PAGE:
However, there is another example which is often overlooked. It involves the jealousies that keep neighboring fire departments from coming together in a seamless regional delivery system. All of these forces are a negative drag exerting a force that works against fire service success.

My friends none of these examples is not a good thing for society in general. It seems to me that human behavior within a societal context has taken on certain ominous tones over the past several decades. Perhaps it was the nearly three decades of my life which were spent as a commuter that exposed me to this rage in its purest form. As a matter of fact, I may have been an active, if sometimes unwilling participant.

I was exposed to erratic, angry drivers on a daily basis. People who acted as though they begrudged the rest of us a lane on their highway have come to be a dangerous negative drag on our society. Look at the number of places where people have been killed in road-rage-related motor vehicle accidents, incidents, and shootings.

If this is happening in one part of our world, it makes sense to expect that it would bleed over to other areas such as our world of firefighting. That may well be why we are seeing the Prince George County Golden Glove follies.

Why is it happening? Were the truth to be told, it might be that all of these negative actions can be explained through the mechanism of the needs -satisfaction cycle. If you are like me you have probably read countless articles on this topic during your educational and civil service promotional-studying lives.

It is really quite simple. We all have needs. Think hard and Maslow's Hierarchy of Needs will come back to you. In 1954, Abraham Maslow conducted an important study within the field of human needs while he was a faculty member at the Air University in Alabama. As a result of this study he determined that each of us is subjected to the same series of needs. His research further suggested that each of us may well be operating at different levels of the various needs at the same time. These differences might well be the basis for conflict within an organization.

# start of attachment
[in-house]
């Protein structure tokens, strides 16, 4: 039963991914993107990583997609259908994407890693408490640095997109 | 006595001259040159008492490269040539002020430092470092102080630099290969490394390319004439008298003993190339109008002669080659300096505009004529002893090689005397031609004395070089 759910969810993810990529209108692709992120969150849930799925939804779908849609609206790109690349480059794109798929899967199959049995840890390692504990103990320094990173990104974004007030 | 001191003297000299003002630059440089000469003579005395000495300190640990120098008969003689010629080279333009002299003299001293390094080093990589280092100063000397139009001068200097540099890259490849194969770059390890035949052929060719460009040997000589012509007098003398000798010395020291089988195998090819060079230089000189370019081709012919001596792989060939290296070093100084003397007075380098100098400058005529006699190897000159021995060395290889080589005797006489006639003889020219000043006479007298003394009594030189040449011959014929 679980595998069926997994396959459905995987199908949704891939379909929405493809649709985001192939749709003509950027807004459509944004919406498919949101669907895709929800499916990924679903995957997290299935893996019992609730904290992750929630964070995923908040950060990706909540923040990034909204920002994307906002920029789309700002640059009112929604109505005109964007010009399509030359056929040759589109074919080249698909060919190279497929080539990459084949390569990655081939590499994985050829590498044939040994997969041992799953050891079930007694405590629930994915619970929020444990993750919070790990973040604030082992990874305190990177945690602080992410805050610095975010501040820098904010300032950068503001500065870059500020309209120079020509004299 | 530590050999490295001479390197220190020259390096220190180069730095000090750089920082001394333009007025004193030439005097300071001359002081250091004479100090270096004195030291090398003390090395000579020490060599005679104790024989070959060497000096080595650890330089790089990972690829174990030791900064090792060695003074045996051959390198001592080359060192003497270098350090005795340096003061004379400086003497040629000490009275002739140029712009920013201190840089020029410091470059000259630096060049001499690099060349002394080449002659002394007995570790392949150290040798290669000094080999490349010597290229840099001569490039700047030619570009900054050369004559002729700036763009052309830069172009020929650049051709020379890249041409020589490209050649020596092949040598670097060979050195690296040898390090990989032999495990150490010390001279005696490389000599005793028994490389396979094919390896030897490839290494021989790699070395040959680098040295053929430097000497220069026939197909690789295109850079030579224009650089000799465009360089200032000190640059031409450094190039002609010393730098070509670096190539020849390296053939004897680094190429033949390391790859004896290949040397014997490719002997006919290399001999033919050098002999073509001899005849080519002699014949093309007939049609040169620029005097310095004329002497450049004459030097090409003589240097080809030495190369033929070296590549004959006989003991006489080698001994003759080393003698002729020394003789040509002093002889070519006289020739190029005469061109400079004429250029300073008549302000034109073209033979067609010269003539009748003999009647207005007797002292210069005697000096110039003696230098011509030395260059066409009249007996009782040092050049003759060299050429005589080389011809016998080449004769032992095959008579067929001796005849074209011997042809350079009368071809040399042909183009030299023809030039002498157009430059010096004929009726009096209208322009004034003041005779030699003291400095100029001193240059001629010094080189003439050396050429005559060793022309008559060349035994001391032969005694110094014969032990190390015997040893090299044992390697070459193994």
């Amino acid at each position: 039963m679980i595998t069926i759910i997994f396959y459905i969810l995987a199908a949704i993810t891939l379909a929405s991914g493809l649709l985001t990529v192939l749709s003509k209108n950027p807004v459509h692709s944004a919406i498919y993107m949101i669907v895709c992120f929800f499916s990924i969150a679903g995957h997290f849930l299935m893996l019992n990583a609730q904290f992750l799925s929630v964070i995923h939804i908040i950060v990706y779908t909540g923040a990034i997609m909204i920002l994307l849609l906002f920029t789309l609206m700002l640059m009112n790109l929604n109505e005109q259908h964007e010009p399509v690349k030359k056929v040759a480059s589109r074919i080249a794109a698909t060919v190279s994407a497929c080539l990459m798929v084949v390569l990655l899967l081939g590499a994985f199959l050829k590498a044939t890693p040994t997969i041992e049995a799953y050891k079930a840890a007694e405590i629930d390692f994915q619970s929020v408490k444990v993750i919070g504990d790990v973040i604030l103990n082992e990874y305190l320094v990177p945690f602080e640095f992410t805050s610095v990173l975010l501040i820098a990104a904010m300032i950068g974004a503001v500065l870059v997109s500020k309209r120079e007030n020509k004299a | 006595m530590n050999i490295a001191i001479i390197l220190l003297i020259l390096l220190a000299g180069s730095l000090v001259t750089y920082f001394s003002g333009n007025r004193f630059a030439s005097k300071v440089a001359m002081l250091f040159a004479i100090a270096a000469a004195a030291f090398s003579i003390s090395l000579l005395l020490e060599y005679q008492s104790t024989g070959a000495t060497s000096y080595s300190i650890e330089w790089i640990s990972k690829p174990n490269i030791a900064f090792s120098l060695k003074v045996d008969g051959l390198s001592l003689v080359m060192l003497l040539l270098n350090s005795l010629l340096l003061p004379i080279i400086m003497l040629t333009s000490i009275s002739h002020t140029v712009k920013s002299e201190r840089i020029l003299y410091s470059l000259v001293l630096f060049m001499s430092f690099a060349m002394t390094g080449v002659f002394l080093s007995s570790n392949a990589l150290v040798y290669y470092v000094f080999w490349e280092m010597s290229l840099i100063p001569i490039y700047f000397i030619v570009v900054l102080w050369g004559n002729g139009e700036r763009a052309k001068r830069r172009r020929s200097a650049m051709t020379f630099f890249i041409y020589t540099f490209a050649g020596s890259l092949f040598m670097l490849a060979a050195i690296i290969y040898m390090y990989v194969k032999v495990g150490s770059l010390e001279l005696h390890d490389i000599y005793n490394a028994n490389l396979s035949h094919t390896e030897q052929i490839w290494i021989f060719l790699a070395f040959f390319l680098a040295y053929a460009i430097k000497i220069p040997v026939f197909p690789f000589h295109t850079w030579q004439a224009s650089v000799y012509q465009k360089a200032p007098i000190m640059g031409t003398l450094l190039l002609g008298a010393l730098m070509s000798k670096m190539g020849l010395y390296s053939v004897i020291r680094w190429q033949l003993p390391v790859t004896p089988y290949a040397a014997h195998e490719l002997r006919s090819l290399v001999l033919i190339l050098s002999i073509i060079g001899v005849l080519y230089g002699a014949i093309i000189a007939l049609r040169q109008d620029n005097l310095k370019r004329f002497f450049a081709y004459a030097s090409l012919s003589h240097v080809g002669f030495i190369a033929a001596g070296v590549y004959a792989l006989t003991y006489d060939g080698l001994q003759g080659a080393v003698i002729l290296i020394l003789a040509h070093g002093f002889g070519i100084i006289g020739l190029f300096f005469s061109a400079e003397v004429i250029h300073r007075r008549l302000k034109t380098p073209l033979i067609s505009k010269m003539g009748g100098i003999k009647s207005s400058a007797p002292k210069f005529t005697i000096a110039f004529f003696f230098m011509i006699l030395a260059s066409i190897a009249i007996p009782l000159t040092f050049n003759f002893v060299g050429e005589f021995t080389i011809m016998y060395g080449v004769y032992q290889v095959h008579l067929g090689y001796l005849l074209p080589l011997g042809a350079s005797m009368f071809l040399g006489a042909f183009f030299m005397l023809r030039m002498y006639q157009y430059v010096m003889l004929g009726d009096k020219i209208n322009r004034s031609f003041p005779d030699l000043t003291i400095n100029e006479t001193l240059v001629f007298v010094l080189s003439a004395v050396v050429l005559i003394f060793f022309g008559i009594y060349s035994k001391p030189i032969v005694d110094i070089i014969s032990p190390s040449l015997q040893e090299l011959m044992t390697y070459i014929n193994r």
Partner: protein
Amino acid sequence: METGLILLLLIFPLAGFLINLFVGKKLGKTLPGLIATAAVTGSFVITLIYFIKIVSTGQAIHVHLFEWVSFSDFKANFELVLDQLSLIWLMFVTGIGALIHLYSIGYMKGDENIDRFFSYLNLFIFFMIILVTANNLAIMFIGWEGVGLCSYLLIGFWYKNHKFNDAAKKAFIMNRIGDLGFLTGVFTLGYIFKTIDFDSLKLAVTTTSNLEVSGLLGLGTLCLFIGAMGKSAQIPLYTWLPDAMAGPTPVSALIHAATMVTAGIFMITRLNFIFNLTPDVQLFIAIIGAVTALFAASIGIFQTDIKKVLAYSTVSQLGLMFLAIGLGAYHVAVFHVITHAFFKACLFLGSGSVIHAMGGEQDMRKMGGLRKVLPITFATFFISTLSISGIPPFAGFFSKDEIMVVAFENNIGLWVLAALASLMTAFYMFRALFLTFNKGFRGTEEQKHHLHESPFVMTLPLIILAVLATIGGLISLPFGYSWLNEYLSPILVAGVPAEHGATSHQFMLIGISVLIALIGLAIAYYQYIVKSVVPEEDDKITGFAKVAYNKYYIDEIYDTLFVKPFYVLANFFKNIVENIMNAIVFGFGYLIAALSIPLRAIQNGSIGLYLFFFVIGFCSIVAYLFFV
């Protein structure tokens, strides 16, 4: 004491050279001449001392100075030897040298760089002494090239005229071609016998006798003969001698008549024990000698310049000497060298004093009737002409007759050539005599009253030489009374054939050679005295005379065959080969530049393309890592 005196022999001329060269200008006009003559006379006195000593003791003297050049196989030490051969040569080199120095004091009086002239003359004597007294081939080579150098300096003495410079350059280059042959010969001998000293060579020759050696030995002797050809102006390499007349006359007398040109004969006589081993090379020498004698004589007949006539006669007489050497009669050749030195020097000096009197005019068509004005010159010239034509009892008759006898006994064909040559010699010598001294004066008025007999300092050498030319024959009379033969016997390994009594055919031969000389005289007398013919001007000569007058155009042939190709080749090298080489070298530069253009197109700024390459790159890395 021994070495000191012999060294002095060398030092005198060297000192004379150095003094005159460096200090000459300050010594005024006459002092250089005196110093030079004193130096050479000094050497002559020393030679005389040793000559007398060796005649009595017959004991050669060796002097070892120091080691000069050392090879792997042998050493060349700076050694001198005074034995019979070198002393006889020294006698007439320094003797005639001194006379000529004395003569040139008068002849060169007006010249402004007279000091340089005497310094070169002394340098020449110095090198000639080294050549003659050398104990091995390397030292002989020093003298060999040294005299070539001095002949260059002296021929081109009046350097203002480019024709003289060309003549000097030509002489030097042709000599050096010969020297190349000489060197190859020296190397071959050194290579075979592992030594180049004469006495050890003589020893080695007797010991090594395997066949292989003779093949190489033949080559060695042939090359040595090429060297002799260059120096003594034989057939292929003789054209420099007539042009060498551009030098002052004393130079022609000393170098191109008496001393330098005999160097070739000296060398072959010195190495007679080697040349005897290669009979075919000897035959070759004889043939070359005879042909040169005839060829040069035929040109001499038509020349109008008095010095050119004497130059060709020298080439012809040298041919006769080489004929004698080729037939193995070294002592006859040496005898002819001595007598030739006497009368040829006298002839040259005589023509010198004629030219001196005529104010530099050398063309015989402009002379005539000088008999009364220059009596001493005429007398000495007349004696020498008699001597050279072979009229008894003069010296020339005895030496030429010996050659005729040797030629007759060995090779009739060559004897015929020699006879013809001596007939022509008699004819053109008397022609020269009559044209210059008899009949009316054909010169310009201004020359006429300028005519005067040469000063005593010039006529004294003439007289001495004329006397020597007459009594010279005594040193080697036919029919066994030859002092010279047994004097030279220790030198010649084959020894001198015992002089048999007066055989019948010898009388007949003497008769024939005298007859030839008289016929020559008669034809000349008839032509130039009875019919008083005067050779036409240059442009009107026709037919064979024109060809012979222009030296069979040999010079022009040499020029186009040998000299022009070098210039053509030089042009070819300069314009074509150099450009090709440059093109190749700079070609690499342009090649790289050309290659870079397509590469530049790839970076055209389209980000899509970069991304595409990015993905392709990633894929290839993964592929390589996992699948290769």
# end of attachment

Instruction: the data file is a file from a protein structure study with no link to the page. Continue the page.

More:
These needs range from those aspects which are involved in basic survival and move right on up to the highest planes of human thought endeavors. Maslow categorized some of the needs as being really strong. So it is that when our strong, personal needs are frustrated, we act out our frustrations. Sometimes these actions are strongly negative.

Let me ask you a simple question? Have we forgotten why we are here in the fire service? Have we forgotten the true purpose of what we are supposed to be doing when we mount up to ride out and do battle with the demons which are facing our society?

During many of my consulting studies I have queried people as to the reasons for their joining the fire and emergency service world. As you might well imagine, many of the people being interviewed spoke of any number of altruistic justifications as the basic reason for their becoming a member. Maybe there are those among us who have forgotten this.

Can you recall why you became a member of the fire service? I can. I joined for the excitement and then, only over time, did I grow to realize the magnificence of the services provide by people within our world. The fire and emergency service world is my life. I have been doing these great things for nearly 42 years now. Occasionally I forget why I am riding out on the red chariots.

It is at these junctures that I encounter the need to focus on the whys and wherefores of what it is I do. I need to recommit myself to protecting and serving my fellow citizens. Perhaps that is why I am toying with the suggestion for the need for a national day of recommitment to the fire service.